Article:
How fast do things go, and how do we find out? In this book, I set out to look at some of the ways we can work out how fast a salmon leaps out of the water, how fast you fall from the top of a high building, how and why three people lived when they fell from a plane without a parachute, speed records for really slow animals, snail races, lies about botflies, wild ideas for using centrifuges, the challenge of playing golf on an asteroid like Eros, and how fast volcanic bombs travel. And more, because I set out to cover nearly everything, you see. (2008).
Australia's Pioneers, Heroes & Fools.
The Trials, Tribulations and Tricks of the Trade of Australia's Colonial Explorers.
Here, I introduce the reader to the realities of exploration, going behind the myth of the Dead White Male to spot the Aborigines, the convicts, the teenagers and the women who also played their part, along with a large number of white males. I consider what they needed to do, what they needed to know, what they needed to take, how they ate, how they won water, how they found their way (and how often they followed established Aboriginal tracks), health, injuries and much more, drawing heavily on the original journals of the explorers (2007).
Kokoda Track: 101 Days.
Eve Pownall Honour Book, 2008 Children's Book Council of Australia Book of the Year Awards. Shortlisted in the NSW Premier's History Awards, 2007.
My aim was to take the complex story of a complex campaign, and explain why it was important for a bunch of under-trained and poorly-supported militia to hold out crack Japanese troops who vastly outnumbered them. Along the way, I had to draw back from the parallel tale of the bastardries committed by poltroons Blamey and MacArthur. There's another good book there, one day, and my target audience, teenagers, didn't deserve too much reality, so I stayed with the main story, the brilliance and resilience of young Australians who were tossed in at the deep end. The 101 days count the time from when hostilities began to the AIF sweeping back into Kokoda village (2007).
It's True: You Eat Poisons Every Day.
A work for younger readers that arose from the next book. The idea was to demystify poisons for youngsters, and to make them aware of the very many poisons which are all around them. Did you know that if you eat 200 kg of potatoes in a sitting, you will die? No? Well now you know, so don't do it! (2006). Published in Chinese in 2010. Ebook link. This book is also available as a talking book.
The Killer Bean of Calabar and Other Stories.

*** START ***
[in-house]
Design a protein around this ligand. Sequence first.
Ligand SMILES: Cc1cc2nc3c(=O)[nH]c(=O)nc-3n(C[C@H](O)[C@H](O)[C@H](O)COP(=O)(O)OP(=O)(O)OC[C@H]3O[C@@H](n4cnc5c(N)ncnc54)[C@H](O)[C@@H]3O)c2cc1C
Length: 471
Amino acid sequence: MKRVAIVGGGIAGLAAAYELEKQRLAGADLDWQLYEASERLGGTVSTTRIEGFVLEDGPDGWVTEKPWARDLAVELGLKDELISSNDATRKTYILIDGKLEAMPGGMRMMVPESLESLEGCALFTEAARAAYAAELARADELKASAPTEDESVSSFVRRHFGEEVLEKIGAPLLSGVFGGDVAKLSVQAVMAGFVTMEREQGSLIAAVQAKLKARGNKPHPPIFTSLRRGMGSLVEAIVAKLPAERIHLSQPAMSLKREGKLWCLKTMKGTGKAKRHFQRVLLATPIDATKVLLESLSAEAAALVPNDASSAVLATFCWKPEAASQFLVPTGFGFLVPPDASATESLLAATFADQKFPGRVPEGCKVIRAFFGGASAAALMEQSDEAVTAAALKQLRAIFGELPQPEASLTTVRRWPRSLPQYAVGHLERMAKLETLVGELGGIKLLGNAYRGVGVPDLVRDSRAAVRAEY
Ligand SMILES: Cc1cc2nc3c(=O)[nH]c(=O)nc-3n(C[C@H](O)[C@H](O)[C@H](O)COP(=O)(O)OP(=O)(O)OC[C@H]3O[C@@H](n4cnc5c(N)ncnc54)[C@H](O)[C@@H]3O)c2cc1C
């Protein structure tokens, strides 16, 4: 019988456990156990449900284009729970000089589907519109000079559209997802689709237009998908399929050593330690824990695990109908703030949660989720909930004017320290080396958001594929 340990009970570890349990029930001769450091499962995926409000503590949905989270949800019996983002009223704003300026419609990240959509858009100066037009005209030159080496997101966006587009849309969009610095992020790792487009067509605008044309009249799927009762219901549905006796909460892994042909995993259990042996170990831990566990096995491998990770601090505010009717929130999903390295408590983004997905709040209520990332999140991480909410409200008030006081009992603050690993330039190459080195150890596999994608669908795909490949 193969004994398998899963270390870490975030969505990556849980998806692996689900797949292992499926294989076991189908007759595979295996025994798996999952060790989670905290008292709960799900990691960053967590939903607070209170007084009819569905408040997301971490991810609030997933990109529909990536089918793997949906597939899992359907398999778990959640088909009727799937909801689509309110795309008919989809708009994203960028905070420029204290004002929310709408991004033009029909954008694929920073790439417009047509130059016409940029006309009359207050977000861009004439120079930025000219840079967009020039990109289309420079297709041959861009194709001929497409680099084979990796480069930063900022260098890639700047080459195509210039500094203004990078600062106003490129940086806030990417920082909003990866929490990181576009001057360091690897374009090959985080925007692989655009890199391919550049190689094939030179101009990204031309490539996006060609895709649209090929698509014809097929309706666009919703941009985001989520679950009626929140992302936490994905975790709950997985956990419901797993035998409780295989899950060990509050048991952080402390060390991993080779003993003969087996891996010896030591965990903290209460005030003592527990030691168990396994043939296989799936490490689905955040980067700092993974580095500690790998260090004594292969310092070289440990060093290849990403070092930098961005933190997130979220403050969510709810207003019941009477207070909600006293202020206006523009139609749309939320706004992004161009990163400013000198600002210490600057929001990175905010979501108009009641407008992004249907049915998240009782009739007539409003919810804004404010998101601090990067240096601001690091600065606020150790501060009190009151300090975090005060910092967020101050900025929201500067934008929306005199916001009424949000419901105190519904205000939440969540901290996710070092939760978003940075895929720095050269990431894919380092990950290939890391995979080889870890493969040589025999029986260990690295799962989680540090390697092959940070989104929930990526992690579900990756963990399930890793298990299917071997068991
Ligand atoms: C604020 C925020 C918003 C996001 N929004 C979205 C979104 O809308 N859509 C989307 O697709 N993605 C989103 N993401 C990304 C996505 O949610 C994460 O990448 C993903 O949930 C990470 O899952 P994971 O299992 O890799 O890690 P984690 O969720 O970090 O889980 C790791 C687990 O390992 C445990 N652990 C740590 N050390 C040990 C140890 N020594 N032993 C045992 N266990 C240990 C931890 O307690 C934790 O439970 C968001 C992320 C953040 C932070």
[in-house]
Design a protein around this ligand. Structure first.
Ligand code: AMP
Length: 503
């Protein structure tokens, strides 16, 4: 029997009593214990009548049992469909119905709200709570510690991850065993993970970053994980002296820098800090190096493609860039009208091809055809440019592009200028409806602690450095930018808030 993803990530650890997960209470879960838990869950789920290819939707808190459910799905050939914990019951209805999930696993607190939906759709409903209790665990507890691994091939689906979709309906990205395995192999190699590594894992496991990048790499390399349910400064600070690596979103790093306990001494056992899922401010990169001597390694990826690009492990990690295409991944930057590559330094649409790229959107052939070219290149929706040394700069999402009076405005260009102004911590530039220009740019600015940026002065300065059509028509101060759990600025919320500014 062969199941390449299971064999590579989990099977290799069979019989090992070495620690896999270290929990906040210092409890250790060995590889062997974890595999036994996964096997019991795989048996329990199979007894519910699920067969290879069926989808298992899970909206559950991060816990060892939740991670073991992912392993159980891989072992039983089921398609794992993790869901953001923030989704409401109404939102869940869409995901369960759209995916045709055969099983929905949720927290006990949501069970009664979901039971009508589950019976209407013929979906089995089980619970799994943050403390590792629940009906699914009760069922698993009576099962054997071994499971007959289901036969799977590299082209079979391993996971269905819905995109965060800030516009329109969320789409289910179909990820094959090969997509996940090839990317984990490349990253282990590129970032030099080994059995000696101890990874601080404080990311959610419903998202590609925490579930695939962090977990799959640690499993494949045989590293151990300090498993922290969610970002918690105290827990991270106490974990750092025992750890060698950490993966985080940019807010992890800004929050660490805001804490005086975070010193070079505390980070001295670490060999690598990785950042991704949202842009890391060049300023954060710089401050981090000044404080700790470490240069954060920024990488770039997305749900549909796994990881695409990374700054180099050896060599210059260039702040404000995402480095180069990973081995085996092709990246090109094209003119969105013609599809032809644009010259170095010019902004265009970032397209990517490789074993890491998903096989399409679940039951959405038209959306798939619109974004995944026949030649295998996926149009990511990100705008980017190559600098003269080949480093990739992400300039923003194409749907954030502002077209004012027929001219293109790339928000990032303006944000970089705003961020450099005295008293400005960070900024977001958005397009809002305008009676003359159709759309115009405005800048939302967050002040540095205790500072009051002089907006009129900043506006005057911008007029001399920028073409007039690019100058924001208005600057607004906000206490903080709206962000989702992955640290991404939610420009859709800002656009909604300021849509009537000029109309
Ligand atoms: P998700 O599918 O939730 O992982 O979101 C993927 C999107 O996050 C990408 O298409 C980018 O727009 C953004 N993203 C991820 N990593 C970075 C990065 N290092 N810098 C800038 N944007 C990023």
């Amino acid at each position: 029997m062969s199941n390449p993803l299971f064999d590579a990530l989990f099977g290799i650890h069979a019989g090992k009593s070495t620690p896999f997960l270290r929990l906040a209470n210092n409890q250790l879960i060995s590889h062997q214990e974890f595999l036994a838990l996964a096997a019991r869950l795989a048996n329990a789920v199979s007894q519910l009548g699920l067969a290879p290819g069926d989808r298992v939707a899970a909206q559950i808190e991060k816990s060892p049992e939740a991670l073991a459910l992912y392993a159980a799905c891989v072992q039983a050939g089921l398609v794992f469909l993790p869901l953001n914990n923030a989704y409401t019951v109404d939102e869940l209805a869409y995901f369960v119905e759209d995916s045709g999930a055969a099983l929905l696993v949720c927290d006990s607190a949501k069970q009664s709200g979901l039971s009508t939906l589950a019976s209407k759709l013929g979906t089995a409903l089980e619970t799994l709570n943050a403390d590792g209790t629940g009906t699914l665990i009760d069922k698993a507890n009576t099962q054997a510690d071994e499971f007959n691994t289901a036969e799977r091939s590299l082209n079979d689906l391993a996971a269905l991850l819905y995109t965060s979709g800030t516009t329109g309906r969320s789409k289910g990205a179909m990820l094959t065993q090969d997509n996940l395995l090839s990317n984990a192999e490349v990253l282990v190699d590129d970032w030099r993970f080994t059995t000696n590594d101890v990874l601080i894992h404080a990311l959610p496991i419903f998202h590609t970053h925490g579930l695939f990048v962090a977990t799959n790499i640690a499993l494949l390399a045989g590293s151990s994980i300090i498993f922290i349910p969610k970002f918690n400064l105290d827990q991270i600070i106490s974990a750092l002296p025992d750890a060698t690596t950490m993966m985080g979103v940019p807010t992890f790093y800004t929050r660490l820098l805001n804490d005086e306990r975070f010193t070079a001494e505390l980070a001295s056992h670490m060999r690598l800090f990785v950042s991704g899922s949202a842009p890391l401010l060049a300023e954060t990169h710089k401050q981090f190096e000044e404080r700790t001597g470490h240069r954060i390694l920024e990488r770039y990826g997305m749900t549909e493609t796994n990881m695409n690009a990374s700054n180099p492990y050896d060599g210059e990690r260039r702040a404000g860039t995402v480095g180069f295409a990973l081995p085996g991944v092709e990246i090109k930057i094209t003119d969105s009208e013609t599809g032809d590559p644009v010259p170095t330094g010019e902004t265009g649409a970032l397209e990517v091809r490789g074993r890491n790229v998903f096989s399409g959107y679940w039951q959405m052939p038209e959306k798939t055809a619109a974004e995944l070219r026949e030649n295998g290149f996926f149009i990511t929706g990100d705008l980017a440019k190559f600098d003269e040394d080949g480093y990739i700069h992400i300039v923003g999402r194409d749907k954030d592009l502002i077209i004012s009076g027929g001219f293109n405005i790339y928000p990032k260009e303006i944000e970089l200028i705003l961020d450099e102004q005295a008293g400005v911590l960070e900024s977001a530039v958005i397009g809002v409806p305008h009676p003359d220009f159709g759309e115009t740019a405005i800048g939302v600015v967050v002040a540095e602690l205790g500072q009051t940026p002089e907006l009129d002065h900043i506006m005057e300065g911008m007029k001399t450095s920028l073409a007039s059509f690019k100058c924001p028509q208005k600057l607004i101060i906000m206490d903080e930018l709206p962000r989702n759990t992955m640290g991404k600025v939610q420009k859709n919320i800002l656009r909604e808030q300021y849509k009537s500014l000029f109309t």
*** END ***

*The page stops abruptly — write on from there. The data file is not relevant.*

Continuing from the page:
Poisons and Poisoners.
A work for older readers and adults, a mix of social history and science history which had, by this time, become my hallmark. Poisons were feared in the past, and yet most of the medicines that we used (and use) are poisons: the difference lies only in the dose that is used. I also devoted some time to the race between poisoners and those determined to knock out the poisoners by finding ways to detect and prove their crimes. The book has also been published in the USA (as Poisons), and translated in Slovak, Polish and Russian (2004). Autralian edition ebook, US edition ebook
A history of the way rockets developed, and how they changed our world. Long before the space race, people were fascinated by rockets, and people dreamed of going into space, long before it seemed feasible. I really wanted to call this Big Bangs and Hard Starts, but the po-faced marketing people at Allen and Unwin couldn't see the merits of this. Telling the story took me into the politics of the Duke of Wellington and the habits of hairy-chested chemists with death wishes (2003). PDF ebook link
Bittersweet: The story of sugar.
This book began with a phone call from a publisher suggesting that I do a book on one of three topics. I knocked back two of the ideas for good reasons, but I had been doing some digging into the history of sugar, after spotting what appeared to be a glaring anachronism in Shakespeare's The Winter's Tale (it wasn't an anachronism at all).
That digging showed me that there was more to sugar than met the eye, so I traced it back to its origins in New Guinea, 9000 years ago, and traced it through Indonesia, India, Persia, the Mediterranean and beyond, and showed how sugar had changed world history (2002, Russian translation agreed to in late 2011). Kindle edition link. The (US) Library of Congress has recorded an audio version for the visually impaired.
An illustrated book for pre-readers.
Illustrated by Kim Gamble and edited by Jane Bowring, we were very pleased with this, and as you can see in the link, it drew considerable critical acclaim. Our aim was to present the complex ecology of the rainforest in a simple form which allowed the complexity to be absorbed (1999).
An illustrated book for pre-readers.
Illustrated by Kim Gamble and edited by Jane Bowring, we were very pleased with this, though it was not well-supported by the Penguin people. Our aim was to present the complex ecology of the desert in a simple form which allowed the complexity to be absorbed (1997).